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About Scott Sehlhorst

Scott has been helping companies achieve Software Product Success since 1997, and started Tyner Blain in 2005. Scott is a strategy and product management consultant. He has also worked as a business analyst, technical consultant, software developer, project manager, program manager, and electro-mechanical design engineer. Scott has managed teams from 5 to 50, and delivered millions of dollars in value to his customers.

Provocateurs Gather the Best Requirements

Ask someone what they want, and they’ll tell you they want a faster horse. Provoke them, and they’ll tell you they have a ‘get there faster’ problem, an ‘equine waste disposal’ problem, and issues with total cost of ownership.

Thought Provoking

If your requirements elicitation session looks like the photo above, you’re doing it wrong. However, just asking people what they want and confirming that you heard what they said is also not enough. Active listening is important, but to capture great requirements, you also have to provoke thought about why someone is expressing a “requirement.”

Adrian Reed wrote a great article this week (hat tip to Kevin Brennan) on asking provoking questions that leverage lateral thinking techniques to get better insight into the true requirements. Adrian presents eight questions, such as “Imagine if we fast-forward to 2 years after the implementation of this project, what will the organisation look like?” Some of his questions remind me a lot of the ideas behind Enthiosys’ Innovation Games (and Luke Hohmann’s Innovation Games book). The remember the future, and product box games immediately come to mind.

Unprovoked Thoughts

Most good subject matter experts I’ve met, when asked about the important problems to be solved, try and be really helpful and incorporate elements of solutions in their descriptions of problems. They will say things like “the system must integrate with [other system] to do X.” They may even ultimately be right, that this particular system integration is a constraint, and that “X” is the only acceptable (by policy) way to achieve “Y.” But usually, neither constraint is a requirement – it is a solution approach.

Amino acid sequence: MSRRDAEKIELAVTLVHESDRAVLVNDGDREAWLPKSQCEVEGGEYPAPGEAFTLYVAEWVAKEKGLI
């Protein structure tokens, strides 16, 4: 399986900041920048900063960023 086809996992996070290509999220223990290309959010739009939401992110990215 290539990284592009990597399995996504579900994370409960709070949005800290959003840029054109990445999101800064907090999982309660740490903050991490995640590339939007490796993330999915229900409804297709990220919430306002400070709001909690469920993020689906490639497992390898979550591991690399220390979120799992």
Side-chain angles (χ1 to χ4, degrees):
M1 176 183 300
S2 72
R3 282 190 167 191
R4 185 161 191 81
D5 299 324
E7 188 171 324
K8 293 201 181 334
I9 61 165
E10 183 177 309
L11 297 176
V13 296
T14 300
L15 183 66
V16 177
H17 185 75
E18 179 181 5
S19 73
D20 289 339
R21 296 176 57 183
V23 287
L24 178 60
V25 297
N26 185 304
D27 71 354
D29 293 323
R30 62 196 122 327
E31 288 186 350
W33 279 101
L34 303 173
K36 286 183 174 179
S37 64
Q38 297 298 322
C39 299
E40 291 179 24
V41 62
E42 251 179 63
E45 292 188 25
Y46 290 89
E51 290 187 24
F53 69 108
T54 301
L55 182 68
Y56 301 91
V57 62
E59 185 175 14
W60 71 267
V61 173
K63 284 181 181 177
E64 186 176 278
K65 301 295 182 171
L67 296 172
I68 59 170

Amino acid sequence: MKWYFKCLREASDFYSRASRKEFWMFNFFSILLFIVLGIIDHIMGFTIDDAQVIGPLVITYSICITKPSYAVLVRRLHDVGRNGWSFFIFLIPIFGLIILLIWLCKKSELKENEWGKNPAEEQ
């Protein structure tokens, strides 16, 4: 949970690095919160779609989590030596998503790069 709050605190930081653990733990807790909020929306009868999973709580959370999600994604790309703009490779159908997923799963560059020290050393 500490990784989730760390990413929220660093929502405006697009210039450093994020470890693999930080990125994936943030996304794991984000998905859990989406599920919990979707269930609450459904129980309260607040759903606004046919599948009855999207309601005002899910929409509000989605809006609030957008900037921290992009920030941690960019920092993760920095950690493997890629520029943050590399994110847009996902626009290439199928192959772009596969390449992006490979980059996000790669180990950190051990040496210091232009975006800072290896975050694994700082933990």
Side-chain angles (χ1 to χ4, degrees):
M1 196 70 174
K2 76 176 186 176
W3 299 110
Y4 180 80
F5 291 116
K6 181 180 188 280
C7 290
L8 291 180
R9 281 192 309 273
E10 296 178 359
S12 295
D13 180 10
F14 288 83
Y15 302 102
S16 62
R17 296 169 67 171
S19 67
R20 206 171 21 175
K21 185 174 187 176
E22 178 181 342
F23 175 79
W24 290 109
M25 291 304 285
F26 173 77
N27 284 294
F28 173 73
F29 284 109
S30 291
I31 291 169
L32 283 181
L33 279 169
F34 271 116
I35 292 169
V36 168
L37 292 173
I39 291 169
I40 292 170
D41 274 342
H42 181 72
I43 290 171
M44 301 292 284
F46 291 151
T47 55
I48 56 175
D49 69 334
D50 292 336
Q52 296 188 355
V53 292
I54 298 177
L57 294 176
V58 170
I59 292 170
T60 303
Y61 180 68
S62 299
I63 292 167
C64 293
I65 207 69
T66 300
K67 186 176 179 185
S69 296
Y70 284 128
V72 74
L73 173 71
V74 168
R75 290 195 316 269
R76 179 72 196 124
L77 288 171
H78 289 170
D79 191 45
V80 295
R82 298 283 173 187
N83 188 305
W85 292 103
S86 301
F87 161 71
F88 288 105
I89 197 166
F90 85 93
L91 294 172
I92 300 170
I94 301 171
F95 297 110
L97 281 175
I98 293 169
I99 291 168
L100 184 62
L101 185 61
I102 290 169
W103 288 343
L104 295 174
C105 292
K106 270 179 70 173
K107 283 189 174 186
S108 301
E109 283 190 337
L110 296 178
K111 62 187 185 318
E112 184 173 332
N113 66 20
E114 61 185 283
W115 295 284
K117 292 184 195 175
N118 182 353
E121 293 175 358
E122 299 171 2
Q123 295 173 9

Subject matter experts who are not as good at having and sharing insights about their domain often confuse problem manifestations with their underlying problems. By analogy, it is requesting treatment for a runny nose, when the problem the you have is the flu. You can dry up your nose and still feel horrible.

Provoking Questions Reveal Real Problems

Adrian’s questions are designed to help you understand that you’re treating the flu, and not a runny nose. Requirements gathering is a lot like diagnosis of a medical malady. You have to discover the real problems. The problems that people are willing to pay to solve. You have to uncover the latent problems that are “hidden” behind problem manifestations.

In a (rare for me) American football analogy – the problem manifestation is that your quarterback is completing 1 of 20 forward passes. Replacing the quarterback and receivers will not solve the problem. The problem is that your offensive line is not able to give the quarterback sufficient time to throw higher-probability-of-success passes.

Asking questions that force people to describe their objectives differently is a good way to bypass solution-design answers. It also creates chinks in the armor of problem manifestations. Completing more passes is not the future you’re looking for, winning more games is the goal. When you’re treating your flu, your goal is not to be sick – but with a dry nose. Your goal is to be well. When you ask someone to remember the future, they will will describe being not sick, not being dry-nosed. The product box will be a description of a winning team.

Check out Adrian’s list of questions, and ask yourself, how do you get to the root causes? Ishikawa diagrams (also known as cause and effect or fishbone diagrams) provide a great visualization tool if you’re a spatial thinker or a whiteboard-talker. In the example below, you can quickly see that spending too much on fuel is part of the real problem – that the cost of operation is too high. You can likewise see that under-inflated tires are a source of poor fuel economy. Check out the Ishikawa article for an explanation, or this article on providing context (with Ishikawa diagrams), and this article on buyer and user personas for more examples of problem decomposition.

If you’ve got any examples of problem-statement-turned-problem, chime in below…

Reference: Provocateurs Gather the Best Requirements from our JCG partner Scott Sehlhorst at the Business Analysis | Product Management | Software Requirements blog.

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